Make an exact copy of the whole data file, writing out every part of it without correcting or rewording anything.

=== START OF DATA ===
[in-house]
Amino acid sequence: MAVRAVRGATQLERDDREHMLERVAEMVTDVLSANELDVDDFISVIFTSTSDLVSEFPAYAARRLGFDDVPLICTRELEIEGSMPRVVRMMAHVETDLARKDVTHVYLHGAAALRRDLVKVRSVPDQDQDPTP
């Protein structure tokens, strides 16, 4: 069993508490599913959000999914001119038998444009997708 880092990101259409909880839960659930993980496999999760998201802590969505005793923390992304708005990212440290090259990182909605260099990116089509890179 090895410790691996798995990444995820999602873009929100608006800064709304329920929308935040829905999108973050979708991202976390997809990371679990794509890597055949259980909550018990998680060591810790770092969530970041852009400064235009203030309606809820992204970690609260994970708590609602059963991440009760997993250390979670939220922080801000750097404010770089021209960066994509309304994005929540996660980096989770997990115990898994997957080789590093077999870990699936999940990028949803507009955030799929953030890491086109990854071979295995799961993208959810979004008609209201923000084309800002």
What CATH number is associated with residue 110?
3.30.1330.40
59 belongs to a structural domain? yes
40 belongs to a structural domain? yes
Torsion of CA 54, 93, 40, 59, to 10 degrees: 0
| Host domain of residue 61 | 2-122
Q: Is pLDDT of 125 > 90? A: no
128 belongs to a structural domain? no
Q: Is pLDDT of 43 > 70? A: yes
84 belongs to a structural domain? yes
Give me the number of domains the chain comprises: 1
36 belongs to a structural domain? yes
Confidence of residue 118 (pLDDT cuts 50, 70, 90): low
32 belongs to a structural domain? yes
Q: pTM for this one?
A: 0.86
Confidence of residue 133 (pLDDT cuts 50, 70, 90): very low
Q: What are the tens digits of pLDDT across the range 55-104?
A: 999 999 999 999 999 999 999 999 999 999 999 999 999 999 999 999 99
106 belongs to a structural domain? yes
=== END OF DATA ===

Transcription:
[in-house]
Amino acid sequence: MAVRAVRGATQLERDDREHMLERVAEMVTDVLSANELDVDDFISVIFTSTSDLVSEFPAYAARRLGFDDVPLICTRELEIEGSMPRVVRMMAHVETDLARKDVTHVYLHGAAALRRDLVKVRSVPDQDQDPTP
């Protein structure tokens, strides 16, 4: 069993508490599913959000999914001119038998444009997708 880092990101259409909880839960659930993980496999999760998201802590969505005793923390992304708005990212440290090259990182909605260099990116089509890179 090895410790691996798995990444995820999602873009929100608006800064709304329920929308935040829905999108973050979708991202976390997809990371679990794509890597055949259980909550018990998680060591810790770092969530970041852009400064235009203030309606809820992204970690609260994970708590609602059963991440009760997993250390979670939220922080801000750097404010770089021209960066994509309304994005929540996660980096989770997990115990898994997957080789590093077999870990699936999940990028949803507009955030799929953030890491086109990854071979295995799961993208959810979004008609209201923000084309800002």
What CATH number is associated with residue 110?
3.30.1330.40
59 belongs to a structural domain? yes
40 belongs to a structural domain? yes
Torsion of CA 54, 93, 40, 59, to 10 degrees: 0
| Host domain of residue 61 | 2-122
Q: Is pLDDT of 125 > 90? A: no
128 belongs to a structural domain? no
Q: Is pLDDT of 43 > 70? A: yes
84 belongs to a structural domain? yes
Give me the number of domains the chain comprises: 1
36 belongs to a structural domain? yes
Confidence of residue 118 (pLDDT cuts 50, 70, 90): low
32 belongs to a structural domain? yes
Q: pTM for this one?
A: 0.86
Confidence of residue 133 (pLDDT cuts 50, 70, 90): very low
Q: What are the tens digits of pLDDT across the range 55-104?
A: 999 999 999 999 999 999 999 999 999 999 999 999 999 999 999 999 99
106 belongs to a structural domain? yes